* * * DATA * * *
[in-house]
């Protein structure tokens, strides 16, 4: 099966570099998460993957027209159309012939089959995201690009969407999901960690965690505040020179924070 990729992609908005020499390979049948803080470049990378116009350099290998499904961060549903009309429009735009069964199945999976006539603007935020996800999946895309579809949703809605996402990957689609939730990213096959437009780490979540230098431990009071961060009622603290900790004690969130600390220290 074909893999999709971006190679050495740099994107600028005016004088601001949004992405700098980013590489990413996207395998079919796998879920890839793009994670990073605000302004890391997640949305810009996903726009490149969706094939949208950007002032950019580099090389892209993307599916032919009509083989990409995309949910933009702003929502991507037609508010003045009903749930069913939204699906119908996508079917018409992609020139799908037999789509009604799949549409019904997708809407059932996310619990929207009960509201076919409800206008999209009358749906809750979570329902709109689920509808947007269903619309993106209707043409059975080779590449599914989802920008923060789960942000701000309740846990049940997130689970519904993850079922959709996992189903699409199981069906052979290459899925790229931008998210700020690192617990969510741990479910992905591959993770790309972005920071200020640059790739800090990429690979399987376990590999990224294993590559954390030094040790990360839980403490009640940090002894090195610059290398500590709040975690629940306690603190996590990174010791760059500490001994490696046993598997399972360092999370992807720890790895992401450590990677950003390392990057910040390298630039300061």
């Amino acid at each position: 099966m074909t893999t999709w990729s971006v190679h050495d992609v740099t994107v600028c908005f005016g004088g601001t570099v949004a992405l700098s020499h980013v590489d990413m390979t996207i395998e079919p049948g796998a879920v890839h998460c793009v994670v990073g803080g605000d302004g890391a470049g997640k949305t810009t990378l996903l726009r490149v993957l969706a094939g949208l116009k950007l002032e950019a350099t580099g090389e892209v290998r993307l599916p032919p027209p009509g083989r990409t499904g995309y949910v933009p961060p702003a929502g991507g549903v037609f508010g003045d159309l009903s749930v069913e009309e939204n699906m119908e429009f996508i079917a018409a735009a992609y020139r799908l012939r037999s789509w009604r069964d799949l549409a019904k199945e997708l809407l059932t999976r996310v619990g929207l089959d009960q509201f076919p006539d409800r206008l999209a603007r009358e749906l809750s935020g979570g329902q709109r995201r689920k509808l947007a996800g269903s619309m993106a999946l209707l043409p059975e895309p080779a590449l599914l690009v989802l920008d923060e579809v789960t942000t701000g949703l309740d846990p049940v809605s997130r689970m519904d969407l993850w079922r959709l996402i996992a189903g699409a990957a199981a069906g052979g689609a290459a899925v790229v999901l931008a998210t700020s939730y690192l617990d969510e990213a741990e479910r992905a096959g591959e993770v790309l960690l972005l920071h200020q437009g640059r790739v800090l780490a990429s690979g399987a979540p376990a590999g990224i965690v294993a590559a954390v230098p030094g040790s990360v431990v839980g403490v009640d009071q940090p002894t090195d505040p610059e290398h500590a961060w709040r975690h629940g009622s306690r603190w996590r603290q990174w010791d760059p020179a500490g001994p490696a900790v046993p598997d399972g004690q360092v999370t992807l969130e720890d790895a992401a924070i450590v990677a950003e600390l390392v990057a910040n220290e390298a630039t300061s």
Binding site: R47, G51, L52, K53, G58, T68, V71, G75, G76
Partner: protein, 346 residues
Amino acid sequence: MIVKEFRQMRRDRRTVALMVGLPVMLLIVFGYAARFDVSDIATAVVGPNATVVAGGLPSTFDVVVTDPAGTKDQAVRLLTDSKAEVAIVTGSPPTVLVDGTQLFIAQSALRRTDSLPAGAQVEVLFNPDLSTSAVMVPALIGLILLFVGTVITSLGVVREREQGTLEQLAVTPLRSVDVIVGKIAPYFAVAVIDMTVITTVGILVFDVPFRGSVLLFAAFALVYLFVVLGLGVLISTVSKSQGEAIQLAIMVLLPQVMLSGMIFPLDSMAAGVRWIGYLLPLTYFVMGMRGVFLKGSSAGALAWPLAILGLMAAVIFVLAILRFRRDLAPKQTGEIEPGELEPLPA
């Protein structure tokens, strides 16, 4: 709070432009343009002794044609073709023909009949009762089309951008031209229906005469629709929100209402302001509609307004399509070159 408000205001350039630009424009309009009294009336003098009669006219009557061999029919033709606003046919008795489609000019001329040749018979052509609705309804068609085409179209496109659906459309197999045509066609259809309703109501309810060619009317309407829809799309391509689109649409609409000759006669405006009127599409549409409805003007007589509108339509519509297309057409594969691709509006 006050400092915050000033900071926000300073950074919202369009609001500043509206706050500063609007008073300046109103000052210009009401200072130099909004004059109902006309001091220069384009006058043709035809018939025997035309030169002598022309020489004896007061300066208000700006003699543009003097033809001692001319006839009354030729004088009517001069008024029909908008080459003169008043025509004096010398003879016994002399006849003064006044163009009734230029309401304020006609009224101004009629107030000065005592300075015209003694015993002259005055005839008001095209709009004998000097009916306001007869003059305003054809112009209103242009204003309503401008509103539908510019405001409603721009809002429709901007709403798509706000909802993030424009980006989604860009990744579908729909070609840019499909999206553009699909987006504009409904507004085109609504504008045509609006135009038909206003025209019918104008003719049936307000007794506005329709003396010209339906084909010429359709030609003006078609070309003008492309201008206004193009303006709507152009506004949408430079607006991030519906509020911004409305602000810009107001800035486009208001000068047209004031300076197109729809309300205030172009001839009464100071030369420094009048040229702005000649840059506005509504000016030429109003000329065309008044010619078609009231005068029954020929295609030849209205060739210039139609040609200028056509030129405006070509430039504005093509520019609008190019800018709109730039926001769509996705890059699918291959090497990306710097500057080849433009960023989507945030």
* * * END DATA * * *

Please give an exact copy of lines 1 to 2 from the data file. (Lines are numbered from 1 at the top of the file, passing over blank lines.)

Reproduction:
[in-house]
């Protein structure tokens, strides 16, 4: 099966570099998460993957027209159309012939089959995201690009969407999901960690965690505040020179924070 990729992609908005020499390979049948803080470049990378116009350099290998499904961060549903009309429009735009069964199945999976006539603007935020996800999946895309579809949703809605996402990957689609939730990213096959437009780490979540230098431990009071961060009622603290900790004690969130600390220290 074909893999999709971006190679050495740099994107600028005016004088601001949004992405700098980013590489990413996207395998079919796998879920890839793009994670990073605000302004890391997640949305810009996903726009490149969706094939949208950007002032950019580099090389892209993307599916032919009509083989990409995309949910933009702003929502991507037609508010003045009903749930069913939204699906119908996508079917018409992609020139799908037999789509009604799949549409019904997708809407059932996310619990929207009960509201076919409800206008999209009358749906809750979570329902709109689920509808947007269903619309993106209707043409059975080779590449599914989802920008923060789960942000701000309740846990049940997130689970519904993850079922959709996992189903699409199981069906052979290459899925790229931008998210700020690192617990969510741990479910992905591959993770790309972005920071200020640059790739800090990429690979399987376990590999990224294993590559954390030094040790990360839980403490009640940090002894090195610059290398500590709040975690629940306690603190996590990174010791760059500490001994490696046993598997399972360092999370992807720890790895992401450590990677950003390392990057910040390298630039300061």